https://doi.org/10.1371/journal.pone.0274636.s001

(PDF)

S1 Table. E. coli biofilm formation.

Biofilm-forming capacity in 21 E. coli isolates incubated for 24 h and 72 h at three different temperatures (37, 24 and 10°C). The classification is based on the parameters described by Stepanović et al. [62], where ODf is the final optical density of the isolates, and ODn is the negative control optical density. ODn = 0.064 and 0.086 in isolates incubated for 24 h and 0.086 in isolates incubated for 72 h, respecti-vely. The isolates were classified into non-biofilm-forming (NF) when ODf ≤ ODn, weak biofilm-forming (ODn < ODf ≤ 2× ODn), moderate biofilm-forming (2× ODn < ODf ≤ 4× ODn), or strong biofilm-forming (4× ODn < ODf) according to their biofilm-forming ability and intensity.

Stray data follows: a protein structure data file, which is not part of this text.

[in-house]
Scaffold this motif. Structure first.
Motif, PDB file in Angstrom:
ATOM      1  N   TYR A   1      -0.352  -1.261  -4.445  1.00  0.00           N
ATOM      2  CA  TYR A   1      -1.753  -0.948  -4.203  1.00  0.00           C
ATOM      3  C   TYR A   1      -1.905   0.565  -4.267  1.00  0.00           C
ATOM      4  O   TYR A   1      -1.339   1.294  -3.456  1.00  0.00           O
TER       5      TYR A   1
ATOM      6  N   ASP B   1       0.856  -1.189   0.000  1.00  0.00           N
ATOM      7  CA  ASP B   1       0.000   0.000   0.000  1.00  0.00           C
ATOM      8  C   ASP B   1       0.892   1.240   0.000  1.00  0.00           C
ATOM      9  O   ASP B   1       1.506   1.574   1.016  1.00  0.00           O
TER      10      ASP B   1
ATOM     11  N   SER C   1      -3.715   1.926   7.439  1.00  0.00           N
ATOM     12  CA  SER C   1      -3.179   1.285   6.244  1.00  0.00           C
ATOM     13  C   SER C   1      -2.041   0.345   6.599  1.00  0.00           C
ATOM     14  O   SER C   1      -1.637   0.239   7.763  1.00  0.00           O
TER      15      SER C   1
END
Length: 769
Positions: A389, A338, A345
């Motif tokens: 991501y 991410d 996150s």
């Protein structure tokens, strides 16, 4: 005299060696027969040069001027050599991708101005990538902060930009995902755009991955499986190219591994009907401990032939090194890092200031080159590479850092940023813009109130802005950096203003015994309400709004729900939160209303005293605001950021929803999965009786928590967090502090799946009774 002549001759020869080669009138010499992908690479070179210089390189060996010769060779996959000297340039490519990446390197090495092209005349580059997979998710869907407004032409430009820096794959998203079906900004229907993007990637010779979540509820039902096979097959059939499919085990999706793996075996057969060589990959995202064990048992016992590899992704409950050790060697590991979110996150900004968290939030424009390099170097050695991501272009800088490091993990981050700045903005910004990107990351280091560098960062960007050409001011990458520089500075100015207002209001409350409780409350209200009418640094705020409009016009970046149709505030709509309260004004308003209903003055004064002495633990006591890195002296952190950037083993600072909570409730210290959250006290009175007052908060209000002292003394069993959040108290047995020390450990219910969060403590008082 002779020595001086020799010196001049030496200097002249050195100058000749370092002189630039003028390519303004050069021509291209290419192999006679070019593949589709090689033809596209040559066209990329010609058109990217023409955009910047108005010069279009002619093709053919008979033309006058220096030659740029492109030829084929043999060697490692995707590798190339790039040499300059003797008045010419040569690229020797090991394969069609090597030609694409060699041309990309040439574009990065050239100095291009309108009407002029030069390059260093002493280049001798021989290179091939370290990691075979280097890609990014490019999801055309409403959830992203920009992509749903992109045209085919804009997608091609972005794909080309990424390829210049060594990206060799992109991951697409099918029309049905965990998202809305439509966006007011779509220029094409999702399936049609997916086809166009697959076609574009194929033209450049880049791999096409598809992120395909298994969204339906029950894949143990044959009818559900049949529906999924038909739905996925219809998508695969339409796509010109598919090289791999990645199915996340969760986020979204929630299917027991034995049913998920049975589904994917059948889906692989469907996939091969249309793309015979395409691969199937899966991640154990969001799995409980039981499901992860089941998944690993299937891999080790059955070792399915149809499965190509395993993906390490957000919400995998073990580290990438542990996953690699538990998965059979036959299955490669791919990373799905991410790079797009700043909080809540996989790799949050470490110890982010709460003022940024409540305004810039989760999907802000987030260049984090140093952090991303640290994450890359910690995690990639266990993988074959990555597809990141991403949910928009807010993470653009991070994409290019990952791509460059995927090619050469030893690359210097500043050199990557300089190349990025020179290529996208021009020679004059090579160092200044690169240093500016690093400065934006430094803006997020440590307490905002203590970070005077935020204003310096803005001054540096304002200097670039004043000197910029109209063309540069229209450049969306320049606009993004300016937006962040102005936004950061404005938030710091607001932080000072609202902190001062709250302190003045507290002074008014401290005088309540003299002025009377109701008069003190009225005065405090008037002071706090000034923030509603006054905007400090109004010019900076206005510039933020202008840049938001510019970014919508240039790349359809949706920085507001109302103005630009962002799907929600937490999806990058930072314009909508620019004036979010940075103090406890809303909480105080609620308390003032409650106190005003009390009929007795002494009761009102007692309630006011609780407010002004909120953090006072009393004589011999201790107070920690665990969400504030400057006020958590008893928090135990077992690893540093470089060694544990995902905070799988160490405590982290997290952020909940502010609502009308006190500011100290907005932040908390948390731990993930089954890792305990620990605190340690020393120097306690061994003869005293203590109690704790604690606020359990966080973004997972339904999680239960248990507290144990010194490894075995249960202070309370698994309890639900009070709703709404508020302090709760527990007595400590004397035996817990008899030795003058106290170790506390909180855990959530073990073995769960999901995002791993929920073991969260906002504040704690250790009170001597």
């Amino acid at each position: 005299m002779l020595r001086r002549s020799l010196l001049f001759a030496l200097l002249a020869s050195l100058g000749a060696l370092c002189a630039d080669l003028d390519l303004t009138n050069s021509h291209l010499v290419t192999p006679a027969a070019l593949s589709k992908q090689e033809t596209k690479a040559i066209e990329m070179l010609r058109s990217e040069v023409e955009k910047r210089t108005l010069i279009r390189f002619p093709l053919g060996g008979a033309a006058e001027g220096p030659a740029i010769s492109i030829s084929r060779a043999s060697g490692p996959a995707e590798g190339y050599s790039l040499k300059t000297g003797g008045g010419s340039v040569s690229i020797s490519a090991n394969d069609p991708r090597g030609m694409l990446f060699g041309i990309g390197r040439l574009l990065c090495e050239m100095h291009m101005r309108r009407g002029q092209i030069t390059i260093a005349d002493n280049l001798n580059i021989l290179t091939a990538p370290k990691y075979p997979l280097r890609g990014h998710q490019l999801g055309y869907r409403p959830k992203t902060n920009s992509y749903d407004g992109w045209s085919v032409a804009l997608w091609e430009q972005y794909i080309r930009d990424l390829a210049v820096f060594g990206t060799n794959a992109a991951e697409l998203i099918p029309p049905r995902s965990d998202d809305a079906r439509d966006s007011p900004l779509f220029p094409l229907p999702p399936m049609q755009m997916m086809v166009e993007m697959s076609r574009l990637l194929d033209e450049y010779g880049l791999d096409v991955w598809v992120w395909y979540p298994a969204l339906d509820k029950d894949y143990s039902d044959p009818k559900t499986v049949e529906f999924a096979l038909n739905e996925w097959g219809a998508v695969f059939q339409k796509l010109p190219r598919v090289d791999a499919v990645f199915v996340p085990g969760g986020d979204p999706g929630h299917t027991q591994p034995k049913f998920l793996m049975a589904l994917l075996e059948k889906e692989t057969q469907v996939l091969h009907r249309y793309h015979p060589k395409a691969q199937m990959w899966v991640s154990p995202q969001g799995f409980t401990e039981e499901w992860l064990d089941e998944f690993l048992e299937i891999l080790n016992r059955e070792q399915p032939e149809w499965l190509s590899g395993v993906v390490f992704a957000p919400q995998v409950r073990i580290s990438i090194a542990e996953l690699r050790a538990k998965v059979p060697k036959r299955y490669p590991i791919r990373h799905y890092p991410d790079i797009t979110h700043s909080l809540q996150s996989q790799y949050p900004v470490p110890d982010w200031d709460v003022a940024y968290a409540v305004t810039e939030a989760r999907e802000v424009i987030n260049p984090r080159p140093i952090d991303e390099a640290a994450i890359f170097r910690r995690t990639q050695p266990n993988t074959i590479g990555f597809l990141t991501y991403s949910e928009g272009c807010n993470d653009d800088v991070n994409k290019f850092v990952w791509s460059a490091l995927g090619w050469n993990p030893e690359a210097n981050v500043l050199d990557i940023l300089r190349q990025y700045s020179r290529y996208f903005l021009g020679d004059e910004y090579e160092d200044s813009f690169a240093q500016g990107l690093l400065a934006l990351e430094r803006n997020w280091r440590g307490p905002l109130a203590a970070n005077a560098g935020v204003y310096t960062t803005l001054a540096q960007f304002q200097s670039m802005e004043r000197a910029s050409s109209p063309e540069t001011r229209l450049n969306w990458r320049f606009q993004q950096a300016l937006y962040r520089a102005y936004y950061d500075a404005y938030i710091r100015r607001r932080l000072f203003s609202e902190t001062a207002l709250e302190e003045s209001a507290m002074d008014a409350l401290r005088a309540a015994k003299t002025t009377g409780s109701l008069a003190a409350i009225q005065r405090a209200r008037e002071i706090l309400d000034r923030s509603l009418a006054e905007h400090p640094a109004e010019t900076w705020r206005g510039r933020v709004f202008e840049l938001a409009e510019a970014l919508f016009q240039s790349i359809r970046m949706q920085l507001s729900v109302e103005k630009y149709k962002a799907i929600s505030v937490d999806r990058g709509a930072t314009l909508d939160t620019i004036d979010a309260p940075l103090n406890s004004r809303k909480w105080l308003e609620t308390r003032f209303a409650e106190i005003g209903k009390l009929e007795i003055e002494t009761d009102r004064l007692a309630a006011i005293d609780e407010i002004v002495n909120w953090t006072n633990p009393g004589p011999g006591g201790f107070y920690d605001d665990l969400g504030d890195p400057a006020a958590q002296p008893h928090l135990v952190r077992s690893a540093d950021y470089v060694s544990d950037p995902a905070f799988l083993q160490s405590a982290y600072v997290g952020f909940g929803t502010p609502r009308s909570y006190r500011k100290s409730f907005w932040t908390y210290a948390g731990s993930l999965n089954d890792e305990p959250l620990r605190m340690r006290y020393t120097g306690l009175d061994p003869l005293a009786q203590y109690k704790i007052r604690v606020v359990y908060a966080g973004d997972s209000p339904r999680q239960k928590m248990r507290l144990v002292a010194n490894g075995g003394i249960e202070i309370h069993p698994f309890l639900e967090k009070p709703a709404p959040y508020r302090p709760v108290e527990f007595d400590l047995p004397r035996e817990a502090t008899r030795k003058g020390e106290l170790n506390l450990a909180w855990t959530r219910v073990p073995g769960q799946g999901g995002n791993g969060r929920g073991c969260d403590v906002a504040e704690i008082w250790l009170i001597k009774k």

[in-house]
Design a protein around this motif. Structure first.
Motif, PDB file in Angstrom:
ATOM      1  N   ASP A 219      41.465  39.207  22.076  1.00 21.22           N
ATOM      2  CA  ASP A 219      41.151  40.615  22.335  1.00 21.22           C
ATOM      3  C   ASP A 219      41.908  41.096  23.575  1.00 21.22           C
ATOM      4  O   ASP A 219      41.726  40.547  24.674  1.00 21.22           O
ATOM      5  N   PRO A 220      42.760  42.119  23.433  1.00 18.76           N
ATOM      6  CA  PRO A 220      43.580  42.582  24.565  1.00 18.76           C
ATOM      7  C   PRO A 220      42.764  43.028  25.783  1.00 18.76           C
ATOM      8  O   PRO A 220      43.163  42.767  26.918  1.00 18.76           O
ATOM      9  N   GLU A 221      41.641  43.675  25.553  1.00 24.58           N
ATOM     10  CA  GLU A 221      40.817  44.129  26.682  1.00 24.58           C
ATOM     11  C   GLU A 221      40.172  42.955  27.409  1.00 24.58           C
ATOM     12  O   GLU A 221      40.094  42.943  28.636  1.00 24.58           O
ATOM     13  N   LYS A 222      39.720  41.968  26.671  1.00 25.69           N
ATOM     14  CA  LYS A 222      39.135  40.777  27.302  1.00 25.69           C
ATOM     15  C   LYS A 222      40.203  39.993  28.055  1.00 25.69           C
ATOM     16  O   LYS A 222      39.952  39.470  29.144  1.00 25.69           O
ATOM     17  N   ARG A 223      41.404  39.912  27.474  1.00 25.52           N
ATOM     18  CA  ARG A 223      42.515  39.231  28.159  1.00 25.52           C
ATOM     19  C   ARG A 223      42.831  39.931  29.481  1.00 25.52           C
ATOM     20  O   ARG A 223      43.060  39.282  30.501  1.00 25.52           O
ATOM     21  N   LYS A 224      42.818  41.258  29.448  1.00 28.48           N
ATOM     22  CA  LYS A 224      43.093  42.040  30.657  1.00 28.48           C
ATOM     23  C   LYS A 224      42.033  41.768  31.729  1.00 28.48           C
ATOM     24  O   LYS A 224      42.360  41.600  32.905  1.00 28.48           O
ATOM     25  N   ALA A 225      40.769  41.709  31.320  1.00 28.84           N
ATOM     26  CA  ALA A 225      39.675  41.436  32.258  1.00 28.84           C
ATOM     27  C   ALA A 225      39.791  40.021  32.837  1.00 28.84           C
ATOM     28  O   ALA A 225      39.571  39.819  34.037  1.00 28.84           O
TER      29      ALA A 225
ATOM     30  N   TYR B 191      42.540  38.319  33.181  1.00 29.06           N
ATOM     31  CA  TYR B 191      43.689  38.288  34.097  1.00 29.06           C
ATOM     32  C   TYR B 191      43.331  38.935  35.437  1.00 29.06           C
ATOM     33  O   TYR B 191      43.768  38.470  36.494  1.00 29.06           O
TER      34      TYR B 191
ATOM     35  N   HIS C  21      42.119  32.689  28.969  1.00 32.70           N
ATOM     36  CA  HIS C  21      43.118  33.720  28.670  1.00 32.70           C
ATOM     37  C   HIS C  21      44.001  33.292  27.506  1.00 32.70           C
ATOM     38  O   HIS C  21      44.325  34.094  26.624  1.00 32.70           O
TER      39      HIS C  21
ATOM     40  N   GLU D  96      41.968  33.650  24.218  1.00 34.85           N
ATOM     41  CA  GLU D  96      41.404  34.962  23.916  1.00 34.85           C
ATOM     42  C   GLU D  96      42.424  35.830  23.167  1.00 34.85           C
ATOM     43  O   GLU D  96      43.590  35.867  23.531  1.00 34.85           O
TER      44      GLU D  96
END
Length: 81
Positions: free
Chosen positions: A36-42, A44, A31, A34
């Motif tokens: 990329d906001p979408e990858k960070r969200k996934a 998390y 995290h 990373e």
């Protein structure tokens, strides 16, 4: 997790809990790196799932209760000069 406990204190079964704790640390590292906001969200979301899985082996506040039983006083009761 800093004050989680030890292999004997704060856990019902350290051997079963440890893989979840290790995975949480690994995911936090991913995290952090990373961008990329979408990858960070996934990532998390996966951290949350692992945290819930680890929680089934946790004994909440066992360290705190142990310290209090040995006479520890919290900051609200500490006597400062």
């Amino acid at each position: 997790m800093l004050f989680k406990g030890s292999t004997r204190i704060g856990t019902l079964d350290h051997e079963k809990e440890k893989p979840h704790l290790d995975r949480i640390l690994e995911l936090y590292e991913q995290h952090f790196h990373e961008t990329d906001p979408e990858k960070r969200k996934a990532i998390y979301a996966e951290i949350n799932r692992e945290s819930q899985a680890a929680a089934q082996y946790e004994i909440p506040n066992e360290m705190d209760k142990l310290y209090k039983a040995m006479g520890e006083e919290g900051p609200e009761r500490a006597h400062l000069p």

https://doi.org/10.1371/journal.pone.0274636.s002

(PDF)

Acknowledgments

We thank the staff at the Laboratory of Food Microbiology of the University of Brasília for providing aid when necessary.

Supplemental data (S1 Table) can be found in the Supporting Information section.